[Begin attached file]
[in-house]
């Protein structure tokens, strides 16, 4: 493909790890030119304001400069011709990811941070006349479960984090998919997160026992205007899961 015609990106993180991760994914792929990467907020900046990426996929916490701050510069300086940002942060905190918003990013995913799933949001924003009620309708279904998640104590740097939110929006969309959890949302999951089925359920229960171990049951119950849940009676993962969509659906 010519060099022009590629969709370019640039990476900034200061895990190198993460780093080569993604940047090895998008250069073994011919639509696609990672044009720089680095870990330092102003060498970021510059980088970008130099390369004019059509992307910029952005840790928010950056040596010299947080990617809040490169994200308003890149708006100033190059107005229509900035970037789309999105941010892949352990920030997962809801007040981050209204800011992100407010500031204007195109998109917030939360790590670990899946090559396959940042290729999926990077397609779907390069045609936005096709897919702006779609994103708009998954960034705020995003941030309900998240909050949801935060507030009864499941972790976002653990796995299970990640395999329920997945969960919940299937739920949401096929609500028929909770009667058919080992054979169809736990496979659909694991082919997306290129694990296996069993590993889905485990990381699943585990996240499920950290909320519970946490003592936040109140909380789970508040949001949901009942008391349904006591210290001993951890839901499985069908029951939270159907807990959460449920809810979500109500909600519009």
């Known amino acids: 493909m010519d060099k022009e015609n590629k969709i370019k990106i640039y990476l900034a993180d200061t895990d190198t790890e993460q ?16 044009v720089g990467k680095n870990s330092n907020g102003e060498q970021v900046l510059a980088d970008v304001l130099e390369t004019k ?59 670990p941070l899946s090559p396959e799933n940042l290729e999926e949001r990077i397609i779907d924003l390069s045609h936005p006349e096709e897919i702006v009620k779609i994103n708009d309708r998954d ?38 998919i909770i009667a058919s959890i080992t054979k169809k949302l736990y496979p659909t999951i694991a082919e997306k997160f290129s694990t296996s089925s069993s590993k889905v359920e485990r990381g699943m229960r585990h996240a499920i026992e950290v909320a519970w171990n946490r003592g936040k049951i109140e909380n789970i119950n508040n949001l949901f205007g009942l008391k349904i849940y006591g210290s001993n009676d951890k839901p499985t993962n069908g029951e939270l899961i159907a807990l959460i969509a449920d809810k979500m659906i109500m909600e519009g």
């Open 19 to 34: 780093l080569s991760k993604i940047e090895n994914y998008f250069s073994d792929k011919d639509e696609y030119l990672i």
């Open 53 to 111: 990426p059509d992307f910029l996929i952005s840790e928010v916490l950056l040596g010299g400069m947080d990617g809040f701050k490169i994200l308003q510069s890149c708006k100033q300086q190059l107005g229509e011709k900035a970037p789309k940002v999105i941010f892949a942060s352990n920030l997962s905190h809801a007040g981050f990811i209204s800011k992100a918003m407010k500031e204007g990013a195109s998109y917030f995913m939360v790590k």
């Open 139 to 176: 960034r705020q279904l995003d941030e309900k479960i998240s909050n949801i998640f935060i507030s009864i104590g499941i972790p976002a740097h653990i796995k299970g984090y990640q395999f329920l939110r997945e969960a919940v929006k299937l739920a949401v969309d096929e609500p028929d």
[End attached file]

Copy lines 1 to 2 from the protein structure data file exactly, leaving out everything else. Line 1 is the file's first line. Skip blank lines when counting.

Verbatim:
[in-house]
């Protein structure tokens, strides 16, 4: 493909790890030119304001400069011709990811941070006349479960984090998919997160026992205007899961 015609990106993180991760994914792929990467907020900046990426996929916490701050510069300086940002942060905190918003990013995913799933949001924003009620309708279904998640104590740097939110929006969309959890949302999951089925359920229960171990049951119950849940009676993962969509659906 010519060099022009590629969709370019640039990476900034200061895990190198993460780093080569993604940047090895998008250069073994011919639509696609990672044009720089680095870990330092102003060498970021510059980088970008130099390369004019059509992307910029952005840790928010950056040596010299947080990617809040490169994200308003890149708006100033190059107005229509900035970037789309999105941010892949352990920030997962809801007040981050209204800011992100407010500031204007195109998109917030939360790590670990899946090559396959940042290729999926990077397609779907390069045609936005096709897919702006779609994103708009998954960034705020995003941030309900998240909050949801935060507030009864499941972790976002653990796995299970990640395999329920997945969960919940299937739920949401096929609500028929909770009667058919080992054979169809736990496979659909694991082919997306290129694990296996069993590993889905485990990381699943585990996240499920950290909320519970946490003592936040109140909380789970508040949001949901009942008391349904006591210290001993951890839901499985069908029951939270159907807990959460449920809810979500109500909600519009």